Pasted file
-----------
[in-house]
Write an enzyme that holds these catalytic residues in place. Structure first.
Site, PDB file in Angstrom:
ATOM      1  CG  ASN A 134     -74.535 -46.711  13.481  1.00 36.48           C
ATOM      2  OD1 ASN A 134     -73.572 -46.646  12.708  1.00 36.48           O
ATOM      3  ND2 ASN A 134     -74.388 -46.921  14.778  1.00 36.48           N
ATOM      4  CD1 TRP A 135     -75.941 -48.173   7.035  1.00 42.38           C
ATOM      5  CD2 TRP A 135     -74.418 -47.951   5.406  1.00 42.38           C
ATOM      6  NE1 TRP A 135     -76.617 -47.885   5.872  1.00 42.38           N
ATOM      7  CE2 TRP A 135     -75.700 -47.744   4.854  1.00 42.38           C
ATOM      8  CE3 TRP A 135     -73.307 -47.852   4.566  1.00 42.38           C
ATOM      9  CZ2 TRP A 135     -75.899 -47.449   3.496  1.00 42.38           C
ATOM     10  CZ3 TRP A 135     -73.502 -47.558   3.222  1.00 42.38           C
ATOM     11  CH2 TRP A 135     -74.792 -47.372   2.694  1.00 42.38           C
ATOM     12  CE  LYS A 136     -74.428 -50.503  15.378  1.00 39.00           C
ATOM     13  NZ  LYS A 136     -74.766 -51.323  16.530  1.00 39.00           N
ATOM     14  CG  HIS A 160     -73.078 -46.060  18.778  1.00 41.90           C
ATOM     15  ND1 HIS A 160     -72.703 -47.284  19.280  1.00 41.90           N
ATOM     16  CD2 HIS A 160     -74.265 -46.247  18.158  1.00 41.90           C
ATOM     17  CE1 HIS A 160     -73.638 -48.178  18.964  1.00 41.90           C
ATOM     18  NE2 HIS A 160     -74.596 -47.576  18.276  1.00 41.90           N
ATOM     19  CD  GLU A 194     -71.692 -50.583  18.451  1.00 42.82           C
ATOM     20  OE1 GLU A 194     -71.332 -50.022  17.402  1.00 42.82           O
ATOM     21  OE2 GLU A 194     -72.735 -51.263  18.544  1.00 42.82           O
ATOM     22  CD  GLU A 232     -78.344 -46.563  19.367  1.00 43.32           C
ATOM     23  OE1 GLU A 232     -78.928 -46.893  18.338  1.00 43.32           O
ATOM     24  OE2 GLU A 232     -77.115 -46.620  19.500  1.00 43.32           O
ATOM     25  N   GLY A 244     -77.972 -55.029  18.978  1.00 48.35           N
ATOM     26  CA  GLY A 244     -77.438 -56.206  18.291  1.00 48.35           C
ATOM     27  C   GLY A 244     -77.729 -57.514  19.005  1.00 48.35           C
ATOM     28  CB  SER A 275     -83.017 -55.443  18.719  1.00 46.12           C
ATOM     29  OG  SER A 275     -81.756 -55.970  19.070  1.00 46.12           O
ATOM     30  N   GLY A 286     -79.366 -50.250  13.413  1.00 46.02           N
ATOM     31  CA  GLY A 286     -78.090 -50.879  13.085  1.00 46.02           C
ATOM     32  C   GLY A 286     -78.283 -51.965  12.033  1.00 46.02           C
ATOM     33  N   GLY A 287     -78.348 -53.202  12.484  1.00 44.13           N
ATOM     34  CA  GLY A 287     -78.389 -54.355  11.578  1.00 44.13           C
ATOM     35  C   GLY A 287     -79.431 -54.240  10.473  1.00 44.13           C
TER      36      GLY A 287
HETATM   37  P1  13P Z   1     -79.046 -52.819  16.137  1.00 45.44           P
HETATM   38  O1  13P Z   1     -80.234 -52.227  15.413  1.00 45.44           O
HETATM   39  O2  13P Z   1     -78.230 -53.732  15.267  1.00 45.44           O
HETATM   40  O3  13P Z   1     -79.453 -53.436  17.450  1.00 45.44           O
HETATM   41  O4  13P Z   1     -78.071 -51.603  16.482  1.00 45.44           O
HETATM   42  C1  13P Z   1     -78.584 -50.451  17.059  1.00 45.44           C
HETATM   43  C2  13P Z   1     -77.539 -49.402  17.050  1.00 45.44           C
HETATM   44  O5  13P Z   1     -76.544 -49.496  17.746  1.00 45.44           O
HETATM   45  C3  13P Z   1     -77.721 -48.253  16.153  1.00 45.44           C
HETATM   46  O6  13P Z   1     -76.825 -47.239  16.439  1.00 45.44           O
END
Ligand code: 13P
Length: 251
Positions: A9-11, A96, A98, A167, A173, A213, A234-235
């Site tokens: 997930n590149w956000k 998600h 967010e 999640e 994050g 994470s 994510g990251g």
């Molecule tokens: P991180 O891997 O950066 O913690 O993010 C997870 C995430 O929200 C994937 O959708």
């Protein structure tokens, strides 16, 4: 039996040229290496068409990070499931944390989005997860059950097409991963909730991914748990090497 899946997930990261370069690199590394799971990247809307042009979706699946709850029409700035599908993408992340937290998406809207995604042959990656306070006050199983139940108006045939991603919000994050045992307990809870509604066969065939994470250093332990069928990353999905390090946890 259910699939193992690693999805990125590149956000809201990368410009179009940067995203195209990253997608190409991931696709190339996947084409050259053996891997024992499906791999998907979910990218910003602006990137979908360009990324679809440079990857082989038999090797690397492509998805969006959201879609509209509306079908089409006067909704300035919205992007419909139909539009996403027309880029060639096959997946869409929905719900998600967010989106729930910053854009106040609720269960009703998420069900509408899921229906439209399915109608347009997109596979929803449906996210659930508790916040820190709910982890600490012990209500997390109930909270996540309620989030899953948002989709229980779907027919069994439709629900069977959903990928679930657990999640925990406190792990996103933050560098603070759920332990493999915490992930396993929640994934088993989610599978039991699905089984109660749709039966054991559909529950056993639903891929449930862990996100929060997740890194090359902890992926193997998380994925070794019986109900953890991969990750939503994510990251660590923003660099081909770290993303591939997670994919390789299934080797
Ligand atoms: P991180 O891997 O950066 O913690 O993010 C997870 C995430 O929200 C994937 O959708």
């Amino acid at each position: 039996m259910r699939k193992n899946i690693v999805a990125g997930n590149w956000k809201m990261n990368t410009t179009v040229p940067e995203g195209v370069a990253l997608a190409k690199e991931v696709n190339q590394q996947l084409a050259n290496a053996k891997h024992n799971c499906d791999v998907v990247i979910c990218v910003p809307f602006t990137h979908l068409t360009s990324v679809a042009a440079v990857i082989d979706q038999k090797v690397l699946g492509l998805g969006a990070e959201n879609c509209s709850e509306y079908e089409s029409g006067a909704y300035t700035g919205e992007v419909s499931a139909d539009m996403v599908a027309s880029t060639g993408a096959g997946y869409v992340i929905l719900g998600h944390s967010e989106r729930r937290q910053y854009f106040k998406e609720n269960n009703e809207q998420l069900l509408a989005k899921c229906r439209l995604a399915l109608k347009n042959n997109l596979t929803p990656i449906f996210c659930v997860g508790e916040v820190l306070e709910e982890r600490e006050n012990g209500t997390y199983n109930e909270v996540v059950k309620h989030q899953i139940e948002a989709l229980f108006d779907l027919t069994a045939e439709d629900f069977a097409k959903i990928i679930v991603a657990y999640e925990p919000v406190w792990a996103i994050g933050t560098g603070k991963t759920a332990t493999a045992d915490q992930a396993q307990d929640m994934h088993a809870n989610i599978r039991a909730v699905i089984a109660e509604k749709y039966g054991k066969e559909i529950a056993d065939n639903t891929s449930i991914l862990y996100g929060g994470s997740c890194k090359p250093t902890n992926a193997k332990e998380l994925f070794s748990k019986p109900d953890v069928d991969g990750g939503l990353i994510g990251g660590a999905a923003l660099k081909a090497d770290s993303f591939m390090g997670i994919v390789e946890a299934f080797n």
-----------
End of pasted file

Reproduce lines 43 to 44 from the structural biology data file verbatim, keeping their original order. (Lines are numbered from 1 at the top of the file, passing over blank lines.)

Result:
HETATM   40  O3  13P Z   1     -79.453 -53.436  17.450  1.00 45.44           O
HETATM   41  O4  13P Z   1     -78.071 -51.603  16.482  1.00 45.44           O